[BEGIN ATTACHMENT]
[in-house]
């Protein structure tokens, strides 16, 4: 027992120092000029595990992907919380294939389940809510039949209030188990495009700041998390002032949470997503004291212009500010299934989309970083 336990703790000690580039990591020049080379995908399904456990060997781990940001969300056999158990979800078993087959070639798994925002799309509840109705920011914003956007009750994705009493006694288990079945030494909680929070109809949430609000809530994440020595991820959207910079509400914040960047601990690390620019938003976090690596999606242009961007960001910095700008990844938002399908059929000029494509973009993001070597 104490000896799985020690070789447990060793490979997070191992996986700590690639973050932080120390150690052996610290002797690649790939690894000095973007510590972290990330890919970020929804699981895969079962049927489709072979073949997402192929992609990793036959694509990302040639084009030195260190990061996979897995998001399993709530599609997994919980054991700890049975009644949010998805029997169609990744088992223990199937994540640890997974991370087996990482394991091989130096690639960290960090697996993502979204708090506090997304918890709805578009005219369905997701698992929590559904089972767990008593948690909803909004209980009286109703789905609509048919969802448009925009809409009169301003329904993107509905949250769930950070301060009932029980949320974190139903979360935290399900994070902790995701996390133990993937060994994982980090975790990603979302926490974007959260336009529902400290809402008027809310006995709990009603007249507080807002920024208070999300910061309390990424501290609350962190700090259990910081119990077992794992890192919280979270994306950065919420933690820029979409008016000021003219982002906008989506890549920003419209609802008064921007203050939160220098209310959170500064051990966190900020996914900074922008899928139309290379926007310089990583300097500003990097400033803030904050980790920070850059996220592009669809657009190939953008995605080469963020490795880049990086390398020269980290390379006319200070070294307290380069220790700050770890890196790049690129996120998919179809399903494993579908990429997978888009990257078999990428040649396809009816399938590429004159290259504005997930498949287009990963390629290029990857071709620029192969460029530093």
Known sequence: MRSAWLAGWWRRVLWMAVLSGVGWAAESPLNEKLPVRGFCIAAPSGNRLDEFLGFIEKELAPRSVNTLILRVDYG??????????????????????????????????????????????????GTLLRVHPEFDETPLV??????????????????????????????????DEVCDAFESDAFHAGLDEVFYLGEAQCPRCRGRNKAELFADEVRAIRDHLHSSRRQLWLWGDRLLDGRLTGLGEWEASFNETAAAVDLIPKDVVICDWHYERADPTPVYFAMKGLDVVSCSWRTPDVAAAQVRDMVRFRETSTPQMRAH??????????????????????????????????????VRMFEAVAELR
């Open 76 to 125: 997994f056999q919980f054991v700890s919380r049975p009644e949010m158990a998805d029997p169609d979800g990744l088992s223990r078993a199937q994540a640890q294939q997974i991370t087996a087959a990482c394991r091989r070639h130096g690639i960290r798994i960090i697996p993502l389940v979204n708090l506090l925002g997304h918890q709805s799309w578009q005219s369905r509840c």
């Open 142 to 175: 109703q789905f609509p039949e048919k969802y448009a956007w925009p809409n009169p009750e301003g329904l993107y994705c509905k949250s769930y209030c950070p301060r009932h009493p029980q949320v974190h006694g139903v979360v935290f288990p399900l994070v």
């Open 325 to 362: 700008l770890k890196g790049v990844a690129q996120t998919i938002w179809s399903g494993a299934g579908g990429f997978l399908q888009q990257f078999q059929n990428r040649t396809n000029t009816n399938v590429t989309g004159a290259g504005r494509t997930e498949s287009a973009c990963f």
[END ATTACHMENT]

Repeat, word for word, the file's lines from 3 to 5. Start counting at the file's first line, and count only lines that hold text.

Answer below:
Known sequence: MRSAWLAGWWRRVLWMAVLSGVGWAAESPLNEKLPVRGFCIAAPSGNRLDEFLGFIEKELAPRSVNTLILRVDYG??????????????????????????????????????????????????GTLLRVHPEFDETPLV??????????????????????????????????DEVCDAFESDAFHAGLDEVFYLGEAQCPRCRGRNKAELFADEVRAIRDHLHSSRRQLWLWGDRLLDGRLTGLGEWEASFNETAAAVDLIPKDVVICDWHYERADPTPVYFAMKGLDVVSCSWRTPDVAAAQVRDMVRFRETSTPQMRAH??????????????????????????????????????VRMFEAVAELR
């Open 76 to 125: 997994f056999q919980f054991v700890s919380r049975p009644e949010m158990a998805d029997p169609d979800g990744l088992s223990r078993a199937q994540a640890q294939q997974i991370t087996a087959a990482c394991r091989r070639h130096g690639i960290r798994i960090i697996p993502l389940v979204n708090l506090l925002g997304h918890q709805s799309w578009q005219s369905r509840c």
């Open 142 to 175: 109703q789905f609509p039949e048919k969802y448009a956007w925009p809409n009169p009750e301003g329904l993107y994705c509905k949250s769930y209030c950070p301060r009932h009493p029980q949320v974190h006694g139903v979360v935290f288990p399900l994070v």